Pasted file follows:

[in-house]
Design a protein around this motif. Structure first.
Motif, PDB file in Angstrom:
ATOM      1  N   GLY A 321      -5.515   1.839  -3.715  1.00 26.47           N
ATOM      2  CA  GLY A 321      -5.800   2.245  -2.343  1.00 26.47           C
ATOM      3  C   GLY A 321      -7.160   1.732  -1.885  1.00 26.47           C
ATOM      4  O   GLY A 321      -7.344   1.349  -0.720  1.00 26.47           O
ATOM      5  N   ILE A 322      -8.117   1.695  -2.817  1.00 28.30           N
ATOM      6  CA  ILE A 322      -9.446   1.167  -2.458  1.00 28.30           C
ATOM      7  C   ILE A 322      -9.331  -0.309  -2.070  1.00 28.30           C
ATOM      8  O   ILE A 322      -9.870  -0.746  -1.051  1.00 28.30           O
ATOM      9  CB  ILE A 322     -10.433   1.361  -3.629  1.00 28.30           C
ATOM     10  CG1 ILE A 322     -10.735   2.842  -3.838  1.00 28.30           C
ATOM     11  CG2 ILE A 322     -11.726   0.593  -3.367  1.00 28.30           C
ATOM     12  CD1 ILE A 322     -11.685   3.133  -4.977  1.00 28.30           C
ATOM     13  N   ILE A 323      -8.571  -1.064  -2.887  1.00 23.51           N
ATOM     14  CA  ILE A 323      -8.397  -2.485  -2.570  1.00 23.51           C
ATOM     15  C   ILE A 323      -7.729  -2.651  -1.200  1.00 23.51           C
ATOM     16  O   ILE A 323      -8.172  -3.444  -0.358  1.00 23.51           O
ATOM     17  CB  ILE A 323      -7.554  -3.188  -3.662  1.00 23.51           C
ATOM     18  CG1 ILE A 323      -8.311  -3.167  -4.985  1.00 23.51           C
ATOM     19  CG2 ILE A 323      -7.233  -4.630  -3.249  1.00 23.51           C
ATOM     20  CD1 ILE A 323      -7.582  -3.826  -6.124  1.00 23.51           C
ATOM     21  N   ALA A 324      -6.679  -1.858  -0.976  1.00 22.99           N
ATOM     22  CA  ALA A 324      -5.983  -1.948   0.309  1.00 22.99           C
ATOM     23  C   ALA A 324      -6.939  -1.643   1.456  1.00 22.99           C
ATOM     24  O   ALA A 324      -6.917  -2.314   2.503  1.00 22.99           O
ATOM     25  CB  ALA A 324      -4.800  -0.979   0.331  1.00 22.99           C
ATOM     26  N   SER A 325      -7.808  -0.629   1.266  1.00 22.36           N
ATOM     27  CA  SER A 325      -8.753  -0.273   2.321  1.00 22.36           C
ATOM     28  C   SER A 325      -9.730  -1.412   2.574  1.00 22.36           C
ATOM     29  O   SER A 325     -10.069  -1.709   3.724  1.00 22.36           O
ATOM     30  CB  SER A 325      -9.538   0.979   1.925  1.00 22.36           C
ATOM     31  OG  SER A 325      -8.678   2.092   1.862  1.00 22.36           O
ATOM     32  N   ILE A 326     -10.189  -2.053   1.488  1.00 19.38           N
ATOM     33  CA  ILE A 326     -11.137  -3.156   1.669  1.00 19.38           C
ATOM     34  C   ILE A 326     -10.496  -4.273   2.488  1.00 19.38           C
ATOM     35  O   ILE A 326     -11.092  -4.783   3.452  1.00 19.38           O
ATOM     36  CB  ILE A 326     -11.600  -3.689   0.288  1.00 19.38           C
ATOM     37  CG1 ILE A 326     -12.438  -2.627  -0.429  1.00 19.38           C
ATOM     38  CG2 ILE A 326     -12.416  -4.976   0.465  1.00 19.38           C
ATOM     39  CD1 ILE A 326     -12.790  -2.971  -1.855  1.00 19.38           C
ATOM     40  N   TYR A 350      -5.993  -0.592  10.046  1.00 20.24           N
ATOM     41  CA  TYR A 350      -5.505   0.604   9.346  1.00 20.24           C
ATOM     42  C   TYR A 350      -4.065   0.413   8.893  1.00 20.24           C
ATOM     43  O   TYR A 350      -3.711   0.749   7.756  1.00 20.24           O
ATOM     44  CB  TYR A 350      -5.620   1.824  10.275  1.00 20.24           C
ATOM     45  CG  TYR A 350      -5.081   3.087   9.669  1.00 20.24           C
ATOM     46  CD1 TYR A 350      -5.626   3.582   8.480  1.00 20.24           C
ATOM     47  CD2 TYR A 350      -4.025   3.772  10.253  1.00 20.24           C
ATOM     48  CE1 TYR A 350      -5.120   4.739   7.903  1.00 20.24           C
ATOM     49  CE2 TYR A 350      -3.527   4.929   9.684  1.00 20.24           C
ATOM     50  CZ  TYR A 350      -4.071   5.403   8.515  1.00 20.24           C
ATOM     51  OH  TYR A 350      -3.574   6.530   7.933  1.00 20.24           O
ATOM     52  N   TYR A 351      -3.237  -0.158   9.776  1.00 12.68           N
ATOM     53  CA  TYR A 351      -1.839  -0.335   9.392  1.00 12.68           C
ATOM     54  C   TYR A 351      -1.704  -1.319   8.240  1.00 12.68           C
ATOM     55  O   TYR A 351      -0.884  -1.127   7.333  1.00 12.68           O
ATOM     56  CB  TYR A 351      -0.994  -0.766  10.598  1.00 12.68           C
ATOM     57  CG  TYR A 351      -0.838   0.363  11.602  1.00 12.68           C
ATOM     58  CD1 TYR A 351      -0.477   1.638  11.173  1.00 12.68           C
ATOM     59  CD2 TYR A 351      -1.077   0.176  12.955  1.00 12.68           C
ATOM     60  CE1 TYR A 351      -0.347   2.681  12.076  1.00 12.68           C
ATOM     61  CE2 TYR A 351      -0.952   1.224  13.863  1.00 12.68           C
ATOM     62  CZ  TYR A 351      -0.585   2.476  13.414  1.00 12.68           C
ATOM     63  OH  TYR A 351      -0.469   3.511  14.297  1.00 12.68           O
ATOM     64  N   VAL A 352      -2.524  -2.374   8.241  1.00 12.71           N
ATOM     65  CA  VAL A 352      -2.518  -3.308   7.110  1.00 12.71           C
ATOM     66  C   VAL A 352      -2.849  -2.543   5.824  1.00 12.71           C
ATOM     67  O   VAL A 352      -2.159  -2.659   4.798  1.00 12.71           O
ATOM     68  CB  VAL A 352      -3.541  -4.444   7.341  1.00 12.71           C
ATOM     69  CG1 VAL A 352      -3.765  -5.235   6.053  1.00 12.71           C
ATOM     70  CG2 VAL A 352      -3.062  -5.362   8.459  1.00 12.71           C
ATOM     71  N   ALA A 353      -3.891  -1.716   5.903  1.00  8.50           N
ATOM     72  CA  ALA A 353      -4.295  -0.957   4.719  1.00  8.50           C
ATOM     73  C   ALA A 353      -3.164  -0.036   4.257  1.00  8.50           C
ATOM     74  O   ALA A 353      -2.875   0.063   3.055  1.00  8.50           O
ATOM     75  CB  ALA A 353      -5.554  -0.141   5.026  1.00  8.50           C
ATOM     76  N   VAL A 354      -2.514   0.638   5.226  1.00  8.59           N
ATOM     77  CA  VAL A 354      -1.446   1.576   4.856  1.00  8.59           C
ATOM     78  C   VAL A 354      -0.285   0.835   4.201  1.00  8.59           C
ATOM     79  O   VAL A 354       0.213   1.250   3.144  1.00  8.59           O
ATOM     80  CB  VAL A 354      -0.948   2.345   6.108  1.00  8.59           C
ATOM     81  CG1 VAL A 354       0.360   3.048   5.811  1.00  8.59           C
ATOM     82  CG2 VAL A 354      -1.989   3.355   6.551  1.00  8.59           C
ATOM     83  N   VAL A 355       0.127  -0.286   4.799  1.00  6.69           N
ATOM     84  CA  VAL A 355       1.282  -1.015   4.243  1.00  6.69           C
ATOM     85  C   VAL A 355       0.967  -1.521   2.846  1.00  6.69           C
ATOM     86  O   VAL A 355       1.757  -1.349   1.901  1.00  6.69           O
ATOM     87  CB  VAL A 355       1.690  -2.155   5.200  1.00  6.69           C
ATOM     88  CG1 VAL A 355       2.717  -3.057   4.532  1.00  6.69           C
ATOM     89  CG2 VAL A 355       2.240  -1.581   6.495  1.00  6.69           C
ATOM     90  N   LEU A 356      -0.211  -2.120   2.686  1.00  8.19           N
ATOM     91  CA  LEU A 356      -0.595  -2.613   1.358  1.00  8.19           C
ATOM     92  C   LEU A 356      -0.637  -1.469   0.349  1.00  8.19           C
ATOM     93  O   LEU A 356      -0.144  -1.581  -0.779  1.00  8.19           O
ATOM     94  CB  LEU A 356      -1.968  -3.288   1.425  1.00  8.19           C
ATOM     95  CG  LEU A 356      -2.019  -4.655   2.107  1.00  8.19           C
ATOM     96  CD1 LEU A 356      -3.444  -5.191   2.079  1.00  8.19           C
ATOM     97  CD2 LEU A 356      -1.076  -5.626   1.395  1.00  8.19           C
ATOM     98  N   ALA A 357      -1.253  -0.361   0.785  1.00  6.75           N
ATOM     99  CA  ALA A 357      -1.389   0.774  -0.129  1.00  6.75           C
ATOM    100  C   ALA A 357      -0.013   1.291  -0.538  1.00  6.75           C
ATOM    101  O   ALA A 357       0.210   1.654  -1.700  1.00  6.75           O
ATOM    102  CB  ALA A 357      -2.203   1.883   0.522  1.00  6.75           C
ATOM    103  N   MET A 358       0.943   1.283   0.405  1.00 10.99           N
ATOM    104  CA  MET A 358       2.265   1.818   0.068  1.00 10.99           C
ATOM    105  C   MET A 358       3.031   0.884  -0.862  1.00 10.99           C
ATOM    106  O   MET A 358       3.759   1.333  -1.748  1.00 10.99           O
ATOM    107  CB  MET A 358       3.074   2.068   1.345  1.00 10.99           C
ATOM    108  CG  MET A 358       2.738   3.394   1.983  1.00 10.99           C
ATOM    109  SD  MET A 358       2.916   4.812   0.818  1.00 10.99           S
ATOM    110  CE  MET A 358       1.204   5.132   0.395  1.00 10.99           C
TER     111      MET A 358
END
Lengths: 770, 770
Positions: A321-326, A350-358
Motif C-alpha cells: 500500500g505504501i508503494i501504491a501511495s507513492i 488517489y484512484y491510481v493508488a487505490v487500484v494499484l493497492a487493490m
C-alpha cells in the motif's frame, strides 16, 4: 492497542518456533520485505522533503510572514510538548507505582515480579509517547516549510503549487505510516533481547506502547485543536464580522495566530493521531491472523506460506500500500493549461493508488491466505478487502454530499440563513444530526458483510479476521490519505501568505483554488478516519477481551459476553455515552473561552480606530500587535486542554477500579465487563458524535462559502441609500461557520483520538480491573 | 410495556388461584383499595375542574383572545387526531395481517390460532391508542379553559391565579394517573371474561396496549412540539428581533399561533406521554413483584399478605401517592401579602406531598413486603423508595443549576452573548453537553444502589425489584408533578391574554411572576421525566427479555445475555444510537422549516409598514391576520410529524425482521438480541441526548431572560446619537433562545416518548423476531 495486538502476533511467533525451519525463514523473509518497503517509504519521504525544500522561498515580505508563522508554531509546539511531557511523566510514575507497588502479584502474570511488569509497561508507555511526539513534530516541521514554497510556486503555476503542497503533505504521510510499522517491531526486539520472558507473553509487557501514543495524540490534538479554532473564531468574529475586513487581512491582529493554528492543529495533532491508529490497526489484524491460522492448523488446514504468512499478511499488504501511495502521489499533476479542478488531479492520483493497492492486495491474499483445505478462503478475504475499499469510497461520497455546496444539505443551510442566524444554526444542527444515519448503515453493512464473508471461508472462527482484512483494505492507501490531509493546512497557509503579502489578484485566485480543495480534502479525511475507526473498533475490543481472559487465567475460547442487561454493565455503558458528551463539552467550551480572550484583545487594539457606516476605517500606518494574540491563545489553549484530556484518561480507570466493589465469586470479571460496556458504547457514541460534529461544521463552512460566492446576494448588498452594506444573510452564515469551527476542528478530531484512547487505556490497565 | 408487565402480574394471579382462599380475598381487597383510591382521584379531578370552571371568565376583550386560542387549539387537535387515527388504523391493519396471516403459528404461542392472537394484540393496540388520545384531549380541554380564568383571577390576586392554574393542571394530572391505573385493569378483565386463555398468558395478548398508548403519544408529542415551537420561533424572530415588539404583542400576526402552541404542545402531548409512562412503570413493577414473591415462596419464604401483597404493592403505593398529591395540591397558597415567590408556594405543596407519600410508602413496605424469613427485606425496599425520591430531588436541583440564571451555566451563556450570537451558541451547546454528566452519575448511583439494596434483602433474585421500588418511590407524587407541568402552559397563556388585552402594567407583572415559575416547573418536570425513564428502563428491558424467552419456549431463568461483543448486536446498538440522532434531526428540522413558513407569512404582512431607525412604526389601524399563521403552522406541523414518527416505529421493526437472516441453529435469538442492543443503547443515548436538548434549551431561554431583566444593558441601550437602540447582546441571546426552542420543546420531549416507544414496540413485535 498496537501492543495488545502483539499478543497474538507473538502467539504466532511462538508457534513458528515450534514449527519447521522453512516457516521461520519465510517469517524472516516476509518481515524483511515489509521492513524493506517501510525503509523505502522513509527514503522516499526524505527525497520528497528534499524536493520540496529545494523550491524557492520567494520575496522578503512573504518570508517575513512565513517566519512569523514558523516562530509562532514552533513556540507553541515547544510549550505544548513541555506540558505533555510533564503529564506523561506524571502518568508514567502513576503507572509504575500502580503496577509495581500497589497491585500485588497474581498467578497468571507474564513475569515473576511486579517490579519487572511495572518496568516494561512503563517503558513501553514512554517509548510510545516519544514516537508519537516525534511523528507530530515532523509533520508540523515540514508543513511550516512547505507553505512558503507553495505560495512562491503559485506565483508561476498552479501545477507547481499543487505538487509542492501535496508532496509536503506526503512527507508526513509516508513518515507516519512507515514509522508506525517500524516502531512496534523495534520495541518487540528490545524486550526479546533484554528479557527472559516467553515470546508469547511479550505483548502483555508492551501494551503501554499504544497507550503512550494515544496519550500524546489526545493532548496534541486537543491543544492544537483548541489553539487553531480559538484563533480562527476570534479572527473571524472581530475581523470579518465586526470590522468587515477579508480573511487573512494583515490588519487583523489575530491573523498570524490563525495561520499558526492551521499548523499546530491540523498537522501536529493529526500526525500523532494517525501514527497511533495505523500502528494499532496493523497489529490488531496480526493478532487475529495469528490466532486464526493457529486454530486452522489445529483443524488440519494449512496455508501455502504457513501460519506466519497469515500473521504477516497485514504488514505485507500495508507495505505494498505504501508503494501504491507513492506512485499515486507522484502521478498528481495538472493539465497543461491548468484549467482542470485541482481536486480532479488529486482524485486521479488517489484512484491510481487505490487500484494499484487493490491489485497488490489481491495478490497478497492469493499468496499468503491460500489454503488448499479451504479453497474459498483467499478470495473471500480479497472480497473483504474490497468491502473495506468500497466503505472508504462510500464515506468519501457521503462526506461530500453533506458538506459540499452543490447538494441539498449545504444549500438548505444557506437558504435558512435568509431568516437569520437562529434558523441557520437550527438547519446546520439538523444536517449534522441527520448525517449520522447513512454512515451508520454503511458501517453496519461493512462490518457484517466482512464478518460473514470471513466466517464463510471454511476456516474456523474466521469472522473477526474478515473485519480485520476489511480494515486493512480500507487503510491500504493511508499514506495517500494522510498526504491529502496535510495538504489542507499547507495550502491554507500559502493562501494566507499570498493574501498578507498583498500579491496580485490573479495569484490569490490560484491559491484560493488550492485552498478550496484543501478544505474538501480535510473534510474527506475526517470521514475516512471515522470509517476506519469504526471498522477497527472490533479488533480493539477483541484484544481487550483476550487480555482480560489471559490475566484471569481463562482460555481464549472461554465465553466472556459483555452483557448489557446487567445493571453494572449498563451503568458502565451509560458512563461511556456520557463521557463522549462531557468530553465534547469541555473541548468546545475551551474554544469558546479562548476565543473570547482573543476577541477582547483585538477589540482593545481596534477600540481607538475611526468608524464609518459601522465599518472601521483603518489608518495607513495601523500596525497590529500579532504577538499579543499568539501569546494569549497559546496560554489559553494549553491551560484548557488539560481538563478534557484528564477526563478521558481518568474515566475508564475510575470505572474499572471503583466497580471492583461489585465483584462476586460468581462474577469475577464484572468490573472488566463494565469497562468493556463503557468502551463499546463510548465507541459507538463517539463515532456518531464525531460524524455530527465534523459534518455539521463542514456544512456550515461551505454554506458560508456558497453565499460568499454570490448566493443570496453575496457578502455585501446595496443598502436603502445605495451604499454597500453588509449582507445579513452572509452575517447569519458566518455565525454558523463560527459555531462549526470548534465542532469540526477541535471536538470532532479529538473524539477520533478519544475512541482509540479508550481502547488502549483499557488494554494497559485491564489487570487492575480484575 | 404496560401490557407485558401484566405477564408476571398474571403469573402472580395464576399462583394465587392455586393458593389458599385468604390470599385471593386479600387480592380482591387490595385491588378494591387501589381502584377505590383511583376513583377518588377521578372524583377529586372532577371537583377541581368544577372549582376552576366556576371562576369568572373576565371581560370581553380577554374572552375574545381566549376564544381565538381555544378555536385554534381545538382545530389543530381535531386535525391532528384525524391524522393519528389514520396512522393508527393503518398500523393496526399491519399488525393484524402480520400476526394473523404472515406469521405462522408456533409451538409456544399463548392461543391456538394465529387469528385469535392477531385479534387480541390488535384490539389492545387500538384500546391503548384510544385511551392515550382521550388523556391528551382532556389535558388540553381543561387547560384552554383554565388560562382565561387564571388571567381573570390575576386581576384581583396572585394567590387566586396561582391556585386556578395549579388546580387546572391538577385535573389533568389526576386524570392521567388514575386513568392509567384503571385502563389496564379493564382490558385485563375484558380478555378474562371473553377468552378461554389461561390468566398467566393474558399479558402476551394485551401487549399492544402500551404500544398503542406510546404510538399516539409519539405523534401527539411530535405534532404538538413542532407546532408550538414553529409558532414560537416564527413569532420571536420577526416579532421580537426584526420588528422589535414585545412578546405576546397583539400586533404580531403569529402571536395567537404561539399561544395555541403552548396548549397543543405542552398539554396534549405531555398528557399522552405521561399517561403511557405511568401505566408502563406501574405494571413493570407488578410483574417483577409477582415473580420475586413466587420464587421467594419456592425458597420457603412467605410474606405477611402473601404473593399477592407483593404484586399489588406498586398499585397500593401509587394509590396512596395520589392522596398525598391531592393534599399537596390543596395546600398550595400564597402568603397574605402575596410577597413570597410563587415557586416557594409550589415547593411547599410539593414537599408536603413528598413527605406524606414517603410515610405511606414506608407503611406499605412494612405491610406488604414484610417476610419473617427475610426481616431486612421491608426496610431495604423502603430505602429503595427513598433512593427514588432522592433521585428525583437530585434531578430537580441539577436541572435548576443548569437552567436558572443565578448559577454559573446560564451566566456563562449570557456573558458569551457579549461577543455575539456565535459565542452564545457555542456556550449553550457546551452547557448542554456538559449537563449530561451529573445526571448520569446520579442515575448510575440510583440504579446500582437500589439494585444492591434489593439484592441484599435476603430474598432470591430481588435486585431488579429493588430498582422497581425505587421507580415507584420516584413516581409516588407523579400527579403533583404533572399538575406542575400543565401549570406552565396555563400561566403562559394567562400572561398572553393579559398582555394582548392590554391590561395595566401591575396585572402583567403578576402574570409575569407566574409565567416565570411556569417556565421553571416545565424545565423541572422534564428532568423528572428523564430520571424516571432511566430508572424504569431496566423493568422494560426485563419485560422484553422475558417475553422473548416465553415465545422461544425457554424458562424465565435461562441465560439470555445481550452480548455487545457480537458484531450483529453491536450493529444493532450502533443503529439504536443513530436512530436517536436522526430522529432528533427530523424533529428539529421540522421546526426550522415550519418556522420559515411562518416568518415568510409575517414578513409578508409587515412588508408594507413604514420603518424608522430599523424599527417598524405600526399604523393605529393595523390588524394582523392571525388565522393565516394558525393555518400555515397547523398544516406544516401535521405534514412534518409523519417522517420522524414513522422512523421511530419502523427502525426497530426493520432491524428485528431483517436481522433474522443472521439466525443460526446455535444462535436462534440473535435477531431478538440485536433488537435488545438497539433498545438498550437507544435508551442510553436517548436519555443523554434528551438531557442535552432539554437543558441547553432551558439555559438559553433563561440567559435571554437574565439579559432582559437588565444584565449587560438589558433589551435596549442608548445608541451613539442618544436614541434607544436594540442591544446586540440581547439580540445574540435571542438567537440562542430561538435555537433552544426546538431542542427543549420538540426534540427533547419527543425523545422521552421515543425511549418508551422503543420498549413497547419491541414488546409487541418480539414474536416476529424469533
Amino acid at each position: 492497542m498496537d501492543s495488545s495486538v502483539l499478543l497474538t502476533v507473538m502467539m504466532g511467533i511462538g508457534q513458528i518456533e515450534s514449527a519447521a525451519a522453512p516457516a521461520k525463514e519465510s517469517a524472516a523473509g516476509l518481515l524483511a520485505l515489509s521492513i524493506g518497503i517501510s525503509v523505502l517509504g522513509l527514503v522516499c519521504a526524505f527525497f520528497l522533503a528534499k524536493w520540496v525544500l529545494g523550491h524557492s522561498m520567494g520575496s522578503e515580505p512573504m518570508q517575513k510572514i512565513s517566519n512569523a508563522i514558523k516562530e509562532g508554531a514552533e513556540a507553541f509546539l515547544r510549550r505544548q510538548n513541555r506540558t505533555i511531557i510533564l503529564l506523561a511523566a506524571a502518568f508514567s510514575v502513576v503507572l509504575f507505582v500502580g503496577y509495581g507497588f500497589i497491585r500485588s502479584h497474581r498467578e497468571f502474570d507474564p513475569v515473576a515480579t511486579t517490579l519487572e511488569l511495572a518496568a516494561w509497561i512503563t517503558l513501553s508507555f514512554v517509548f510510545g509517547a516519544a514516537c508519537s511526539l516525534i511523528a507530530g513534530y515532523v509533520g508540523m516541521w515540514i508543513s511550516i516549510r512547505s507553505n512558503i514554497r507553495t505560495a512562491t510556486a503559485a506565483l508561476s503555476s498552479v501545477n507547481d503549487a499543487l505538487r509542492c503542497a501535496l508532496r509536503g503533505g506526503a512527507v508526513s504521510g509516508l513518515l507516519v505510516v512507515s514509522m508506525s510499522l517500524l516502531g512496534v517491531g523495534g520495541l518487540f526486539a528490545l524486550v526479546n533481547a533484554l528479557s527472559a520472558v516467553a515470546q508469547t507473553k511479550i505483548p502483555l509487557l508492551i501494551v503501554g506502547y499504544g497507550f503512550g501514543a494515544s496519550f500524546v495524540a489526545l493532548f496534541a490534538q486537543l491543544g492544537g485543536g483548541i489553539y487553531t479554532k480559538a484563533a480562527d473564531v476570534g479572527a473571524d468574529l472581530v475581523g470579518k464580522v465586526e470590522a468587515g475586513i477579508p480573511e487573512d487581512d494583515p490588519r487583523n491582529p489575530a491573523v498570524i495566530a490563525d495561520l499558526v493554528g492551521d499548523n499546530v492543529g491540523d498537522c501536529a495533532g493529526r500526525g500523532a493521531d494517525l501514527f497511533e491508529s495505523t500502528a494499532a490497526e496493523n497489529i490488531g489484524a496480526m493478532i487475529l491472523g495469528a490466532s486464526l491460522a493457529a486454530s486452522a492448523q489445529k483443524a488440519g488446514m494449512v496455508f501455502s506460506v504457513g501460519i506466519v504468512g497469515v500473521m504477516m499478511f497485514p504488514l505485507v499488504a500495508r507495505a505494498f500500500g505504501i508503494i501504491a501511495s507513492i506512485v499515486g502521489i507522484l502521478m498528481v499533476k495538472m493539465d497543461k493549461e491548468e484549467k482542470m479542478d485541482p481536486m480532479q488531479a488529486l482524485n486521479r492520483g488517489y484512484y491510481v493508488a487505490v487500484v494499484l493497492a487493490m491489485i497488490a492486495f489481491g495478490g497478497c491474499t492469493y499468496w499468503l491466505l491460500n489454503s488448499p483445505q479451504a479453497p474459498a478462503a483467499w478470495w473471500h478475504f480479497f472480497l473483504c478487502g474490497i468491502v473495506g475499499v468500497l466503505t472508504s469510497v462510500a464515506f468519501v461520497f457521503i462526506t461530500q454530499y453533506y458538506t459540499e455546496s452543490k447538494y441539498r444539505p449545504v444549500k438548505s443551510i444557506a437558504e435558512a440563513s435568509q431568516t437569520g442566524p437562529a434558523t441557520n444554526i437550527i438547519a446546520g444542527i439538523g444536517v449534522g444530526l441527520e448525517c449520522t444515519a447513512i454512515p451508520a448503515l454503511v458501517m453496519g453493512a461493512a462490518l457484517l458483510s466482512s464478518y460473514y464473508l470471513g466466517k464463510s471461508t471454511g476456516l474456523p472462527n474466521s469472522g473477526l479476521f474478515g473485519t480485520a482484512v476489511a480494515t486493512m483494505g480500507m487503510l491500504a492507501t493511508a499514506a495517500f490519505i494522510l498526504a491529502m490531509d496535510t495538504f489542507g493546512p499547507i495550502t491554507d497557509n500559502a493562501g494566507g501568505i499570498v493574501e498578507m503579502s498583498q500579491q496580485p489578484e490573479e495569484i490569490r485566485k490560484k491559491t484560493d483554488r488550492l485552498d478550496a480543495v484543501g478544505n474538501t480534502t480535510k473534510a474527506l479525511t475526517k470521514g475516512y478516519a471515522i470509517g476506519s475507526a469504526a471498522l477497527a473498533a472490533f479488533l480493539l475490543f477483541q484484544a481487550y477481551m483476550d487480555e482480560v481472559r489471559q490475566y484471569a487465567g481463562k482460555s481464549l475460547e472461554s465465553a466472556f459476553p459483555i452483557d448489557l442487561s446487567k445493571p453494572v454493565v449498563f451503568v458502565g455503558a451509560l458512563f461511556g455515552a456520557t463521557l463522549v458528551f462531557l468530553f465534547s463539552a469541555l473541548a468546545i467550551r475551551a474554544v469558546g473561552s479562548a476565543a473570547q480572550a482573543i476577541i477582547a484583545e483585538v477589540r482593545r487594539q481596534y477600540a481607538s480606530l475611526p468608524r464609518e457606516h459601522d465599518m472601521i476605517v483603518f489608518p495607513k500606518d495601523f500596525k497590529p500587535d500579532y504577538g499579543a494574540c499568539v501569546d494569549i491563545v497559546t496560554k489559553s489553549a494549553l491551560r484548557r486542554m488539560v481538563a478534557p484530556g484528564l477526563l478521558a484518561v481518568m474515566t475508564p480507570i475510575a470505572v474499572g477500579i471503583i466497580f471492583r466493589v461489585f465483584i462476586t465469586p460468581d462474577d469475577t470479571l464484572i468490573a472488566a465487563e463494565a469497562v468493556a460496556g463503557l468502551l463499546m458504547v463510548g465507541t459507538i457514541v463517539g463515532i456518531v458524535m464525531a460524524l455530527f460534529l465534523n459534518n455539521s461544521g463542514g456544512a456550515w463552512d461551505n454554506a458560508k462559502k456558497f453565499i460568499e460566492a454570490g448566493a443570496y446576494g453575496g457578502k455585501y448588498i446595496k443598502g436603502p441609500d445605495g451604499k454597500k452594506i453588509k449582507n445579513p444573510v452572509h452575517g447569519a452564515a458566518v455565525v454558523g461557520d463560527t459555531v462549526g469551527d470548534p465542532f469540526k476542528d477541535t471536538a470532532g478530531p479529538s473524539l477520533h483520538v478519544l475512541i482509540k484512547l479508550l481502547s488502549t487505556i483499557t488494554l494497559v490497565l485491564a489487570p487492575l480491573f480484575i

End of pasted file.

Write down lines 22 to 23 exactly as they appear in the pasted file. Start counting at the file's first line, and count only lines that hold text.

ATOM     19  CG2 ILE A 323      -7.233  -4.630  -3.249  1.00 23.51           C
ATOM     20  CD1 ILE A 323      -7.582  -3.826  -6.124  1.00 23.51           C